The Sounds of Silence
Most people have heard of John Cage (1912-1992), intrepid musical explorer & innovator, seminal influencer of rockers as disparate as Frank Zappa & Paul McCartney. In fact, Zappa said that “Without John Cage, much of what happens in modern music and art would not be possible.”
But not everyone was a fan. Acclaimed music critic Virgil Thomson (1896-1989), considered Cage’s effect to be more pernicious, an attempt to destroy the “beauty and distinction” of the music of “Renaissance and post-Renaissance Europe.” Cage delighted in noise, & in a 1937 manifesto, he proclaimed that he believed that the “use of noise to make music” would continue & increase. In this he was following in the sonic footsteps of the Italian Futurists, active primarily between the time of the two World Wars, who advocated speed, technology, & the restructuring of life. Yes, Cage experimented w/ sound, but he also experimented w/ silence.
Many people have “heard” Cage’s famous “song,” 4’33”, written in 1952. What this entails is four minutes & thirty-three seconds of silence, “played” on any instrument. In live performance, the pianist or cellist or whatever, would sit w/ his or her instrument in silence, the only sound being a cough or some foot-shuffling from the audience or perhaps a bird outside the window or a wayward breeze rustling the curtains. Exactly four minutes & thirty-three seconds later, the audience would clap & shout “Bravo!” after the performer had presumably bowed or otherwise indicated that the “song” was done. This innovation had its many proponents & opponents. But not many people know the next chapter in this story.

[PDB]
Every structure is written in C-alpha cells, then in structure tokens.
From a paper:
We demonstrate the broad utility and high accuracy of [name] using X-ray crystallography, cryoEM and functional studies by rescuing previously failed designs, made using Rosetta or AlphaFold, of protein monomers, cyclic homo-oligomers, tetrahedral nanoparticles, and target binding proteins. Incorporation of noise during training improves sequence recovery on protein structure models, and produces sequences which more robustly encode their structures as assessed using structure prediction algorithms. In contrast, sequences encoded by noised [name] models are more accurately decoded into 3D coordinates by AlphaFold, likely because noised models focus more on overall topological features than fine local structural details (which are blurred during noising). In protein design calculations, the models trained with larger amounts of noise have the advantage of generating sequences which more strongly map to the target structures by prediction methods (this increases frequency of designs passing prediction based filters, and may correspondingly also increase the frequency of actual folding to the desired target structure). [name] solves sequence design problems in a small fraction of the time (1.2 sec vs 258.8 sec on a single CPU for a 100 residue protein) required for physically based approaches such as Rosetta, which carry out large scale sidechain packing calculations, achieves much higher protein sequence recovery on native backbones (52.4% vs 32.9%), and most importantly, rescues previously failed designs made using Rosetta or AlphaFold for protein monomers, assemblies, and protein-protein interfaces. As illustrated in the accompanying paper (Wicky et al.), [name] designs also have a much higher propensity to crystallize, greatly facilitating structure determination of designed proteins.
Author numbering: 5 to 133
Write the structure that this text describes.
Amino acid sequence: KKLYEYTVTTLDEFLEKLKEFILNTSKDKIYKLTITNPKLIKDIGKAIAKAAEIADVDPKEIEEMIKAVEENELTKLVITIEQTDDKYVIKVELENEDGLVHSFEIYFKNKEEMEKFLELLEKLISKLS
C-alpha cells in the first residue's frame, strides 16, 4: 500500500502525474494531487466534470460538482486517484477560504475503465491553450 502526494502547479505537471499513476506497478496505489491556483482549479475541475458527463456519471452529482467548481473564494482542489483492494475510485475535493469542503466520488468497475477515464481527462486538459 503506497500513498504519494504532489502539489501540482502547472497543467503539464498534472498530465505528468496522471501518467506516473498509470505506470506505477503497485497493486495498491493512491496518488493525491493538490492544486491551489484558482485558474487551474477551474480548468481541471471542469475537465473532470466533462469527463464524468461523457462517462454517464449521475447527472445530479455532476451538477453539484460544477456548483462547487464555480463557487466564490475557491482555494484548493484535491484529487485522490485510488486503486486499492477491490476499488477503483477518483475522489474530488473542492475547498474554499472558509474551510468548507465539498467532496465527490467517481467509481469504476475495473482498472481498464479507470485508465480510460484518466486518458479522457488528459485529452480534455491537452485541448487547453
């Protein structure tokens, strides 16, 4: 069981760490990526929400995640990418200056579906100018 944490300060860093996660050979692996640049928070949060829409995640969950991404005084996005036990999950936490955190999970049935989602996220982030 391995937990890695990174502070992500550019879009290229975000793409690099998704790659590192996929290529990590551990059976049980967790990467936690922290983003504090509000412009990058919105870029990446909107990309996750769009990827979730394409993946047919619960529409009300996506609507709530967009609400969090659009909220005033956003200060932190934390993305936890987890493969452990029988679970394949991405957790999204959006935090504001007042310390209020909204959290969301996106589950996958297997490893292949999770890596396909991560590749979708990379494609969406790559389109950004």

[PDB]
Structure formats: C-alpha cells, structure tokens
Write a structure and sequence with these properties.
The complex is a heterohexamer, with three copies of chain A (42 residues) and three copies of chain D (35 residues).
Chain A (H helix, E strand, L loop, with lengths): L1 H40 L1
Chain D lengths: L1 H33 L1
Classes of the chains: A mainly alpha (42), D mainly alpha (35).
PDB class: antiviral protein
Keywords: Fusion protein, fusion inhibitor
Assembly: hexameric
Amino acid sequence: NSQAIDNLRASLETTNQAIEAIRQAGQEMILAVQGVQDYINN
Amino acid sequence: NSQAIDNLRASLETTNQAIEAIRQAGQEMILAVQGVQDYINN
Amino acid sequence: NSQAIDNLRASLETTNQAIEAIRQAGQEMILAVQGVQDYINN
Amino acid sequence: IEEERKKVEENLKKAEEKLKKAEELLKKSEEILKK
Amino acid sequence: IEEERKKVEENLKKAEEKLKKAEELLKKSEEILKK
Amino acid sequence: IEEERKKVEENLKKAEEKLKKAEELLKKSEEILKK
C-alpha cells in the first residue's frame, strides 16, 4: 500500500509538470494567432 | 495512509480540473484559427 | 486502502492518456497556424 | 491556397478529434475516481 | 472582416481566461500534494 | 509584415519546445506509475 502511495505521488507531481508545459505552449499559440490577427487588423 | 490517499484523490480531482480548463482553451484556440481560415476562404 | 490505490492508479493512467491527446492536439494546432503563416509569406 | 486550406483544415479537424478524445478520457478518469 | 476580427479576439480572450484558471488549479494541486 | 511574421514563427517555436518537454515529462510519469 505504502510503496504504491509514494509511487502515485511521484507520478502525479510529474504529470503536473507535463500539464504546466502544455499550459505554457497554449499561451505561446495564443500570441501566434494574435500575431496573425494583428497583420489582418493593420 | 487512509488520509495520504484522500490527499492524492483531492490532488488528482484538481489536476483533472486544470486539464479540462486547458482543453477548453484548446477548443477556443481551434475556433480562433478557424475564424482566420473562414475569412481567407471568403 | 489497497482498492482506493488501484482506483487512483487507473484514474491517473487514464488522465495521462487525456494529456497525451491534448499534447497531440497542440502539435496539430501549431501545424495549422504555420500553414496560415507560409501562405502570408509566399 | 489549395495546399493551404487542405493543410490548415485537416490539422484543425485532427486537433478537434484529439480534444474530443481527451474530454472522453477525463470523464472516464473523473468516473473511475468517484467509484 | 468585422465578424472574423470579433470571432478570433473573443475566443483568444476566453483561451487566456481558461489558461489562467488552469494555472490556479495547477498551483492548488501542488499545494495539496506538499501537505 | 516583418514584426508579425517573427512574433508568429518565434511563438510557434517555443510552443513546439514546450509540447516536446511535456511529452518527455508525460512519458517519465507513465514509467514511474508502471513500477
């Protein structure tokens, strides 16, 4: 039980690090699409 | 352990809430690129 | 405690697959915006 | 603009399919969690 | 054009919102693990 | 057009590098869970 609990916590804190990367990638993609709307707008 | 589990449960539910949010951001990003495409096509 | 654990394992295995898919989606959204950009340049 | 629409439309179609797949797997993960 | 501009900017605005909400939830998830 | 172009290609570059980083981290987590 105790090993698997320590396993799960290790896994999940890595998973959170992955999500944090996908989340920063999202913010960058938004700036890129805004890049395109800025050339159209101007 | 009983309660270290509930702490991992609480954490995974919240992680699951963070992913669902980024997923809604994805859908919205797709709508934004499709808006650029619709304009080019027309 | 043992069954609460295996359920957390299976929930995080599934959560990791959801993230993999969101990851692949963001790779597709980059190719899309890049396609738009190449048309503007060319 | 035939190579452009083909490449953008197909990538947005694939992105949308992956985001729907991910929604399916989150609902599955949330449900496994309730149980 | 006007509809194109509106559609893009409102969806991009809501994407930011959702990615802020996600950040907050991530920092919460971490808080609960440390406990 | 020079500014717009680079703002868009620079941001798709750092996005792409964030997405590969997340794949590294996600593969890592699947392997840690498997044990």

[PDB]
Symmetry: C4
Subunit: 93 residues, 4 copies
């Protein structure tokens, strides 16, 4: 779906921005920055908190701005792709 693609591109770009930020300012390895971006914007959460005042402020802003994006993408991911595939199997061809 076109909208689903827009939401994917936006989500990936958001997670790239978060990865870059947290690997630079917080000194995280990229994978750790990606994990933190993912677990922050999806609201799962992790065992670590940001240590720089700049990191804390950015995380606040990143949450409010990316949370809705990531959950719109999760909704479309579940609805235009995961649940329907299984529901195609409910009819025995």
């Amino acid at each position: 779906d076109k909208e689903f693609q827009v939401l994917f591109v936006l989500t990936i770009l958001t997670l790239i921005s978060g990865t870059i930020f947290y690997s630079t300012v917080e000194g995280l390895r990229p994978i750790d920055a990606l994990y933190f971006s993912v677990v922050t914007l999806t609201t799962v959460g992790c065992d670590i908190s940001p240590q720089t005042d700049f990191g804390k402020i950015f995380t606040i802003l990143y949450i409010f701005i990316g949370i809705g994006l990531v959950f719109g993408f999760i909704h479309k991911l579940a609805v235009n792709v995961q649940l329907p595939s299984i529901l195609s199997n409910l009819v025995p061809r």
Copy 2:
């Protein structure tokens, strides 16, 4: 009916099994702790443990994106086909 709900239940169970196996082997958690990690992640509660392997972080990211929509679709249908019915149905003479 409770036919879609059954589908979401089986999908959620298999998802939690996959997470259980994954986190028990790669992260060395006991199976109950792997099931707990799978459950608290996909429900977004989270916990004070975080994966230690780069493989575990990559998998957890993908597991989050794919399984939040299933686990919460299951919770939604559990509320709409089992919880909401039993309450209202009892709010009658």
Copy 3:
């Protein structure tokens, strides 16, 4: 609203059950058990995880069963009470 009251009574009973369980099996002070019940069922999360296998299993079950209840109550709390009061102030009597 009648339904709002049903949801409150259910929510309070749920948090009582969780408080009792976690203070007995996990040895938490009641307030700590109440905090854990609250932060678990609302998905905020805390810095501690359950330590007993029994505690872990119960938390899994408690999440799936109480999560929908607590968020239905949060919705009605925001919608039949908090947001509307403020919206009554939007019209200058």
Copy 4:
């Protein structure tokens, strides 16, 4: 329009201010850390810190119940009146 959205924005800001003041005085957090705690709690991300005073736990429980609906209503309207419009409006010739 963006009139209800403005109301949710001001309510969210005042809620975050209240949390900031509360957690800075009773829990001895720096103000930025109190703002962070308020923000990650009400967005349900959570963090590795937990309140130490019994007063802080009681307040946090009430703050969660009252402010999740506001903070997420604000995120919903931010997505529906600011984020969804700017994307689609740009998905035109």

Enter Mike Batt (1949- ). Batt has been a prodigious musical force in the UK for a half-century as a musician, singer-songwriter, record producer, director, arranger, & more. He was also the musical force behind The Wombles, a sort of UK version of Sesame Street. (Wombles are cute, fuzzy creatures who “Trundle the litter away,” according to the song, very much favored by my kids when they were young.) In the very early 2000s, Batt wrote & recorded a song titled “A One Minute Silence.” The problem was, he credited the composition to Batt/Cage out of deference to 4’33”, written 50 years earlier. However, this allowed the John Cage Trust to litigate against Batt for royalties, since Cage was listed as co-composer.
Now, I’ve heard several different accounts of this story. One is that Batt had bought the copyright to all the silent “songs” from one second to ten minutes in length, excluding the 4’33”. That would allow him to sue for copyright infringement if anyone playing the 4’33” went over or under the allotted time by even one second. Of course, this was a jest. Another version of the story attests that Batt was somehow required to pay 100,000 English pounds to the John Cage Trust. This never happened, according to Batt, who says that he gave the Trust 1,000 quid as a donation which ended the matter.
And the Truth of this curious story?
Well, as is well-known, Truth is often silent.